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Readers Respond: Difficult Interview Questions

Responses: 197


Growing the Company

Where would you take the company in the next two years?

Interview question

"We've interviewed a great group of qualified applicants. Why should we choose you?" Went back to my quick "elevator speech" of qualifications - and got the job.

Most Difficult Question

You are a felon, why should I trust you to do anything around the office?
—Guest just dave

why hire you with disability

"My brain's not disabled."-------------------------------------------------------------------------
—Guest skylark04

Difficult question

Actually, this one is from a commercial, but I am stumped on the best way to answer this: "25 people have applied to this job, what are YOU willing to do to get this job".
—Guest Andy


Why should I hire you for this job because you don't even have the qualities we are looking for.
—Guest linda


Old job-40 years. New job-one month. I had trouble with one phase. what do I say about it for new job interview?
—Guest donna

Difficult Question

Why shouldn't I hire you? Give me at least one reason not to to hire you for this job.
—Guest Susannah

difficult question

if you are given $2 million how will spend it just for one day, if you are not supposed to use to other people...
—Guest mambs

Tough question

Why did you change to finance/banking when your original field was hospitality?


how did you handle a time you prioritized a personal matter over work?
—Guest zike

The "overqualified" question

A common interviewing question that is difficult for many people to answer is, "You appear to be overqualified." Most of the outplacement candidates I counseled were overqualified by virtue of their experience or previous salary or both. One of the best ways to answer the "You appear to be overqualified" question is to take the offensive. You can answer, "Yes, absolutely! And isn't that to your benefit?" That gives you the opportunity to reiterate why you would be such an asset to the company: your experience bringing in revenue, new customers, research, whatever is pertinent to the position you're seeking. Don't apologize for your age, experience or pay grade. Use them as assets. Emphasize your energy, enthusiasm and desire to learn. For more dynamic answers to tough interview questions, check out: http://interview-doctor.blogspot.com Make a comment if you need the answer to other tough, tricky or sneaky interview questions.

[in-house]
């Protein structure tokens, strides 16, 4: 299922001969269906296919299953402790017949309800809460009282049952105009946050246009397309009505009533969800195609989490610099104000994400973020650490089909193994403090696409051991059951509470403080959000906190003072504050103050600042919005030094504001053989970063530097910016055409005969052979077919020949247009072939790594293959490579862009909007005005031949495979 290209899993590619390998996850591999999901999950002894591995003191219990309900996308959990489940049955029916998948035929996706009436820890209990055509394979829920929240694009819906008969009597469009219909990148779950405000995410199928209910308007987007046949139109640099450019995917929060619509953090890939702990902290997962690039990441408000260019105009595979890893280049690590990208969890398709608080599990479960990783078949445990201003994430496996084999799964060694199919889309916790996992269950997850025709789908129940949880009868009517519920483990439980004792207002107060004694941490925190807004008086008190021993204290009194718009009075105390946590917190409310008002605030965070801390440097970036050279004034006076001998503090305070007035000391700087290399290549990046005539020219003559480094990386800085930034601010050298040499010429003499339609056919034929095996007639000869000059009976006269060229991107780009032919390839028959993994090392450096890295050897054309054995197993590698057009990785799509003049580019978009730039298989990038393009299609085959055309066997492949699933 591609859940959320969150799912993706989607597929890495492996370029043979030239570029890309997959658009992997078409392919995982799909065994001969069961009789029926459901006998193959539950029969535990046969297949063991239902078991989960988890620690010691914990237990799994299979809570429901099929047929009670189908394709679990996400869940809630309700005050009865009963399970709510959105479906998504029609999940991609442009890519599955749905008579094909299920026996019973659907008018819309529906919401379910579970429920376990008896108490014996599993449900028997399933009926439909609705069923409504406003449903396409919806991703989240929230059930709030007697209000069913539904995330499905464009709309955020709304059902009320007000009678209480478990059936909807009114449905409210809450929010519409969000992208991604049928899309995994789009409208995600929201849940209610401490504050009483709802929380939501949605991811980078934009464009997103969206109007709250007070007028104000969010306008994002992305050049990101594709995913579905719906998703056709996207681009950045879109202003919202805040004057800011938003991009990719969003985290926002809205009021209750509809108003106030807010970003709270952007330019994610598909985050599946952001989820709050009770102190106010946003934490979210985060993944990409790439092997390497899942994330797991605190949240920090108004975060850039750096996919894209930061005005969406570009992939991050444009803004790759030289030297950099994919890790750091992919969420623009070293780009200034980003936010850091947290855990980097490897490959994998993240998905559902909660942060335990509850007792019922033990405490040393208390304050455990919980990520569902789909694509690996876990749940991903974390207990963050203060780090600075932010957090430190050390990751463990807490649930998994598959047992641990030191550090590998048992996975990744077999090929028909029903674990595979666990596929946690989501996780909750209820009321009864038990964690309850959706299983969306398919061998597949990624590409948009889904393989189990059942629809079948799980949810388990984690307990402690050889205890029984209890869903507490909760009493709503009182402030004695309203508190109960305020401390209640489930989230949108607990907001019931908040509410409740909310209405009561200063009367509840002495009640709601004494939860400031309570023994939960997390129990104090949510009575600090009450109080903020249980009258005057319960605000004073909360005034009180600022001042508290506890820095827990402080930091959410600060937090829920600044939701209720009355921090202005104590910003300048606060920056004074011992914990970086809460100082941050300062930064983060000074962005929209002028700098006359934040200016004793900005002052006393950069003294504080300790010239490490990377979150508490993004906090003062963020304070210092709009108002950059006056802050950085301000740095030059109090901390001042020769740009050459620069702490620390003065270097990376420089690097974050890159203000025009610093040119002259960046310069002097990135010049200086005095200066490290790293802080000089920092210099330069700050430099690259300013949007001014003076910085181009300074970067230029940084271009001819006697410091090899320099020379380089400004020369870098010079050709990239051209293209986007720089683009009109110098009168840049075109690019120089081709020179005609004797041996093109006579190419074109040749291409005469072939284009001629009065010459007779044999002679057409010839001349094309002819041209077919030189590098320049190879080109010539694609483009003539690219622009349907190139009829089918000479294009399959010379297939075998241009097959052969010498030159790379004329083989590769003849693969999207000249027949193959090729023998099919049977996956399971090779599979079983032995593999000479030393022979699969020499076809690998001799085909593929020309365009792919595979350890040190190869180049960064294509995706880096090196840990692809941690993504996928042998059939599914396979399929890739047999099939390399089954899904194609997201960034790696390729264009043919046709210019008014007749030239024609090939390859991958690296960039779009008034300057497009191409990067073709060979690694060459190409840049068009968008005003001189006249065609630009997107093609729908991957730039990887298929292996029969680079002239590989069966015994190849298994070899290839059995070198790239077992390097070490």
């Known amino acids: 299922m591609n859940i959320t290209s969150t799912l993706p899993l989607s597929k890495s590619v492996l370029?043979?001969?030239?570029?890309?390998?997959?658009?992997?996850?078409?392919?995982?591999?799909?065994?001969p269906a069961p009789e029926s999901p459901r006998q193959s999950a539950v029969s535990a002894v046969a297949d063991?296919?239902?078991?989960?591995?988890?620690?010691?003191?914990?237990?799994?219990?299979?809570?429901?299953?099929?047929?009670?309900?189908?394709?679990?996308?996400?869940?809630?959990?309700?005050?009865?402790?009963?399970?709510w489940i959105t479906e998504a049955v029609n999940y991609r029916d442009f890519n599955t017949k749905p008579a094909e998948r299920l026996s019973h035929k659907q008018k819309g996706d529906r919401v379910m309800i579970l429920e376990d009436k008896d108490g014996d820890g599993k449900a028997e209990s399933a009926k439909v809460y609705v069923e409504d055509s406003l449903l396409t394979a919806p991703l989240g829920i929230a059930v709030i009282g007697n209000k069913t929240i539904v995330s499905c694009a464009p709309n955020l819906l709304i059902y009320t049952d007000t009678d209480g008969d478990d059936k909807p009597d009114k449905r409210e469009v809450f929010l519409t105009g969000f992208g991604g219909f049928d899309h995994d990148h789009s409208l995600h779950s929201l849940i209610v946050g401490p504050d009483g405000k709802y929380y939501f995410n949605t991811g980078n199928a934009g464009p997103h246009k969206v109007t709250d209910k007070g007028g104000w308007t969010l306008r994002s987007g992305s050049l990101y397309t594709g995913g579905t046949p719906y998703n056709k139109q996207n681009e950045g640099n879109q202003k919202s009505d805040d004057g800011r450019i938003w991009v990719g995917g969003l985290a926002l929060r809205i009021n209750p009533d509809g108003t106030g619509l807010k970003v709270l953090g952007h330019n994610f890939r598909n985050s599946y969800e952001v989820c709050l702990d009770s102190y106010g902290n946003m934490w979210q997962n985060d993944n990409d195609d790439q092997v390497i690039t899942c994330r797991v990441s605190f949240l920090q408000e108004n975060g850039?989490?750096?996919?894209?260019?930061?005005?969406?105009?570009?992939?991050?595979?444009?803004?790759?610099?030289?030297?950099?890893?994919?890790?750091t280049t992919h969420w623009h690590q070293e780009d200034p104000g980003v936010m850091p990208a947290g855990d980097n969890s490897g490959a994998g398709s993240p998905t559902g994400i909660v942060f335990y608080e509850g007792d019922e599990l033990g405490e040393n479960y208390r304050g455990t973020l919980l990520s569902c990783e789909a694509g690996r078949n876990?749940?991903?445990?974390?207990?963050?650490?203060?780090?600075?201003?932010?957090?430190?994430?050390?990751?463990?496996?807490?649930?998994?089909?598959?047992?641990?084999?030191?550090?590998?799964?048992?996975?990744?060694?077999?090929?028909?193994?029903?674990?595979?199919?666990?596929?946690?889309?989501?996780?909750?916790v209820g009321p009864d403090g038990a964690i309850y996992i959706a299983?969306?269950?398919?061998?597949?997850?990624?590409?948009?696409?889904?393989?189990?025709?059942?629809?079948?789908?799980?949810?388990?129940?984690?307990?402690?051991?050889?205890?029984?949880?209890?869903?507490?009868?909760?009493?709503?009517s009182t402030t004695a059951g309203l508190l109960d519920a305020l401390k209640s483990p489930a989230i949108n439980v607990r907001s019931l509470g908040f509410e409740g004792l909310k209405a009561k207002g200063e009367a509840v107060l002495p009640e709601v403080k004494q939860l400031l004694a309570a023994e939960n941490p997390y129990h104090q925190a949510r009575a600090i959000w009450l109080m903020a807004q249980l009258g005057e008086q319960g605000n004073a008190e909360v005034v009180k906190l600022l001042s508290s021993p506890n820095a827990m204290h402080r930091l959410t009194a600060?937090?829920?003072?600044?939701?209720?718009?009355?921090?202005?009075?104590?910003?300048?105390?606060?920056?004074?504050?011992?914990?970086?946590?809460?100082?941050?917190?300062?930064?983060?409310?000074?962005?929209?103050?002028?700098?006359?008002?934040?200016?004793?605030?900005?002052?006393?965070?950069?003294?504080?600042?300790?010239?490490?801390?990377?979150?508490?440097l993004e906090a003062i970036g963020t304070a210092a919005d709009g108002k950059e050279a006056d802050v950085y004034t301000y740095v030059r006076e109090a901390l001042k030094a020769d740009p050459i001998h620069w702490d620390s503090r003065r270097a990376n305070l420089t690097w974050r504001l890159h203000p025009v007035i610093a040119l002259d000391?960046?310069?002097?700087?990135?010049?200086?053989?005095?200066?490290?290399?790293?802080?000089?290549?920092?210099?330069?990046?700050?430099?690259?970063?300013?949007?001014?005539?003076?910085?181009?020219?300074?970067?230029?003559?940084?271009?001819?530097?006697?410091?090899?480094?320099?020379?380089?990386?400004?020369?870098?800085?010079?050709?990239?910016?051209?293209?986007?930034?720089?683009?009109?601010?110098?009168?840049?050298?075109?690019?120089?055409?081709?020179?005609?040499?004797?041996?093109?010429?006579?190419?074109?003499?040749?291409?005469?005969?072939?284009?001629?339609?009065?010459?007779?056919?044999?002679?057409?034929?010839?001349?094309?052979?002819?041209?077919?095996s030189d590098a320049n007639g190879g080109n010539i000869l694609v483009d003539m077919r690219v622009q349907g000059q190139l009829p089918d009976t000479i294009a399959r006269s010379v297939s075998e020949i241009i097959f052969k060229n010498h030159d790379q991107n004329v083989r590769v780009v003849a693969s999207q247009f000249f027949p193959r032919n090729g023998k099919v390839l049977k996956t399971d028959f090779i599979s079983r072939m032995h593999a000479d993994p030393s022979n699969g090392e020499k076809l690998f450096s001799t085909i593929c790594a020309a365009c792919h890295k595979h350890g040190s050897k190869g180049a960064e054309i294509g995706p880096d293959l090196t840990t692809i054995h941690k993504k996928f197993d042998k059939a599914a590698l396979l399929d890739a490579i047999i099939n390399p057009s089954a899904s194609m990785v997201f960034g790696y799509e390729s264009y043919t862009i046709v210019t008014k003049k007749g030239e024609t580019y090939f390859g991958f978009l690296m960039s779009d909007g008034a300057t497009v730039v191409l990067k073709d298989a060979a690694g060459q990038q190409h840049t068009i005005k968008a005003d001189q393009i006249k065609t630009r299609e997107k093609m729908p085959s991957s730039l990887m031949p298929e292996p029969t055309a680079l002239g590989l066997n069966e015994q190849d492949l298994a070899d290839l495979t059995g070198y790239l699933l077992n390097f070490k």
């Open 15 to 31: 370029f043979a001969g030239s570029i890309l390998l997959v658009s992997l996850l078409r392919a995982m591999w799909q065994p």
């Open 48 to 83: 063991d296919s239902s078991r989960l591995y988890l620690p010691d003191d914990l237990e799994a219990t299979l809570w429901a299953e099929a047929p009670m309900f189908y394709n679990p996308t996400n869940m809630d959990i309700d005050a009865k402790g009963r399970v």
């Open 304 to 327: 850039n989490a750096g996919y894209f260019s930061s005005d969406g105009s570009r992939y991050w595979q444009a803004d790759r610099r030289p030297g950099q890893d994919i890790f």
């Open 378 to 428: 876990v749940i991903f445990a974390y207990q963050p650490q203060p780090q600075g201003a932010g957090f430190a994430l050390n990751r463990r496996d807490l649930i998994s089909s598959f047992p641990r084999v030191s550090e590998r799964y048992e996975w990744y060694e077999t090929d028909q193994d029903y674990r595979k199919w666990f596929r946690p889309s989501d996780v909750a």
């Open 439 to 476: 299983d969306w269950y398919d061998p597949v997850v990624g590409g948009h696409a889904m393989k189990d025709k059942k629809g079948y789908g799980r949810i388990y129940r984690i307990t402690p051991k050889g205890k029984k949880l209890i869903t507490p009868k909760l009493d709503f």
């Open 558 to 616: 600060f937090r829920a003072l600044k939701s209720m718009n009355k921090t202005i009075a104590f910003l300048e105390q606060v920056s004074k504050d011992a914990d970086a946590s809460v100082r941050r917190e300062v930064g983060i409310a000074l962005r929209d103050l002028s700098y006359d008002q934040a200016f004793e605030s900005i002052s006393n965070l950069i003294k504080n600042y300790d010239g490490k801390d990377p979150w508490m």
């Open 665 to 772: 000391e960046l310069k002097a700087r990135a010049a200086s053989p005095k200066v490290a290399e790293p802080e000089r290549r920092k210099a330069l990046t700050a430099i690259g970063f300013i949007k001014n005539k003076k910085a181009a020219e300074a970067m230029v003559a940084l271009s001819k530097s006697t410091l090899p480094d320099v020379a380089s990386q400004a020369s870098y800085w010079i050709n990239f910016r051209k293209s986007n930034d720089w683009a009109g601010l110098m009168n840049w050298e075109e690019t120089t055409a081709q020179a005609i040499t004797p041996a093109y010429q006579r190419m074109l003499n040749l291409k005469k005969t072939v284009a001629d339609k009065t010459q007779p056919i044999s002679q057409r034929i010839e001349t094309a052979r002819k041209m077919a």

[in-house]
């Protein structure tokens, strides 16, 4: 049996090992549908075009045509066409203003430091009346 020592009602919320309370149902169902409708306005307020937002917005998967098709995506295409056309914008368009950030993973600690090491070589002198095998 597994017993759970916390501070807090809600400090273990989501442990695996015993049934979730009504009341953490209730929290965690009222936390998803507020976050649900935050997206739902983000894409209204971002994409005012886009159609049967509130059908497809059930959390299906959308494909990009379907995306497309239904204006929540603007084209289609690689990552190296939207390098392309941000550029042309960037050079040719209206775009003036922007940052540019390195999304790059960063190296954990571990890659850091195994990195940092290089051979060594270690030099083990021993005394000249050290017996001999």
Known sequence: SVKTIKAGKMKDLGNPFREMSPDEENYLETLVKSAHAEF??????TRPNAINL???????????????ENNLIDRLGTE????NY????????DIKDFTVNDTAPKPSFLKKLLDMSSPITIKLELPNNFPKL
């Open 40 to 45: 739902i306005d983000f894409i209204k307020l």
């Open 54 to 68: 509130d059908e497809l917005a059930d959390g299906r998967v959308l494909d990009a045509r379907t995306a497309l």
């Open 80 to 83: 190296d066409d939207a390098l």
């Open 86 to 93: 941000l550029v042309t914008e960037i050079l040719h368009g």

—Guest Interview Doctor

A Shocker of a Question

I was actually asked this in a job interview: "So...how do you feel about working for a**holes?" REALLY! And my response, after a shocked giggle: "Well, I don't like 'em any more than anyone else, but what're ya gonna do? They're everywhere!" I got the job and he was the BEST boss I EVER had. It didn't take long to figure out who he was talking about, though...the prez of the company whom I had the displeasure of working with on a few projects. That's one interview question I will NEVER forget!

Fun Question

For a VP External Position of a Students' Union: If you were to be any beverage, what would you be and why? I'm sure they wanted me to say beer but I said water--because it's essential!
—Guest jj

Tough interview questions

I am applying to run a commercial kitchen; which I have done in the past. How would I answer the question: How would you run an effective kitchen?
—Guest Nancy

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